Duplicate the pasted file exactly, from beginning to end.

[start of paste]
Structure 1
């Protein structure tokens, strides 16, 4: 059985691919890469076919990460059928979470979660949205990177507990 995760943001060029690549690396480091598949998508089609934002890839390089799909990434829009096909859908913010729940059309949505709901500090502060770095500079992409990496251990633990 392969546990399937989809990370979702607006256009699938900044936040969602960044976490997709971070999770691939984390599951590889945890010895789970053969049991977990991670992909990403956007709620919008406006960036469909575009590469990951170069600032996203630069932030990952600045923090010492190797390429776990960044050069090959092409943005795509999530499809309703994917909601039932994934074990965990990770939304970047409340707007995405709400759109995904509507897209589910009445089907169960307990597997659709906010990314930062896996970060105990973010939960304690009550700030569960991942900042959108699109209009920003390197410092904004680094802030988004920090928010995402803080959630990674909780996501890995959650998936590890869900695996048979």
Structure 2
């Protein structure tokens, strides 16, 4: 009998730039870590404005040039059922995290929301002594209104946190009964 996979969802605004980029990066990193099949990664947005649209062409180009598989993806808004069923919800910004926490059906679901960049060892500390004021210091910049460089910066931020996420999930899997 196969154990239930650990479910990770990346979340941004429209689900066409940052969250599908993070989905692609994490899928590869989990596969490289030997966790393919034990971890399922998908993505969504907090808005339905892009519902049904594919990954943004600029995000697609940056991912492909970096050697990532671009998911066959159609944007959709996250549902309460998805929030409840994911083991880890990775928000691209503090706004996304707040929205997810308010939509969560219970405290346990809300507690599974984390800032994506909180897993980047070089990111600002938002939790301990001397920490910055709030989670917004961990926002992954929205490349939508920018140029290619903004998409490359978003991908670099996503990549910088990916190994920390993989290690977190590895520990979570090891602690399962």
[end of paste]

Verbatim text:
Structure 1
């Protein structure tokens, strides 16, 4: 059985691919890469076919990460059928979470979660949205990177507990 995760943001060029690549690396480091598949998508089609934002890839390089799909990434829009096909859908913010729940059309949505709901500090502060770095500079992409990496251990633990 392969546990399937989809990370979702607006256009699938900044936040969602960044976490997709971070999770691939984390599951590889945890010895789970053969049991977990991670992909990403956007709620919008406006960036469909575009590469990951170069600032996203630069932030990952600045923090010492190797390429776990960044050069090959092409943005795509999530499809309703994917909601039932994934074990965990990770939304970047409340707007995405709400759109995904509507897209589910009445089907169960307990597997659709906010990314930062896996970060105990973010939960304690009550700030569960991942900042959108699109209009920003390197410092904004680094802030988004920090928010995402803080959630990674909780996501890995959650998936590890869900695996048979």
Structure 2
């Protein structure tokens, strides 16, 4: 009998730039870590404005040039059922995290929301002594209104946190009964 996979969802605004980029990066990193099949990664947005649209062409180009598989993806808004069923919800910004926490059906679901960049060892500390004021210091910049460089910066931020996420999930899997 196969154990239930650990479910990770990346979340941004429209689900066409940052969250599908993070989905692609994490899928590869989990596969490289030997966790393919034990971890399922998908993505969504907090808005339905892009519902049904594919990954943004600029995000697609940056991912492909970096050697990532671009998911066959159609944007959709996250549902309460998805929030409840994911083991880890990775928000691209503090706004996304707040929205997810308010939509969560219970405290346990809300507690599974984390800032994506909180897993980047070089990111600002938002939790301990001397920490910055709030989670917004961990926002992954929205490349939508920018140029290619903004998409490359978003991908670099996503990549910088990916190994920390993989290690977190590895520990979570090891602690399962």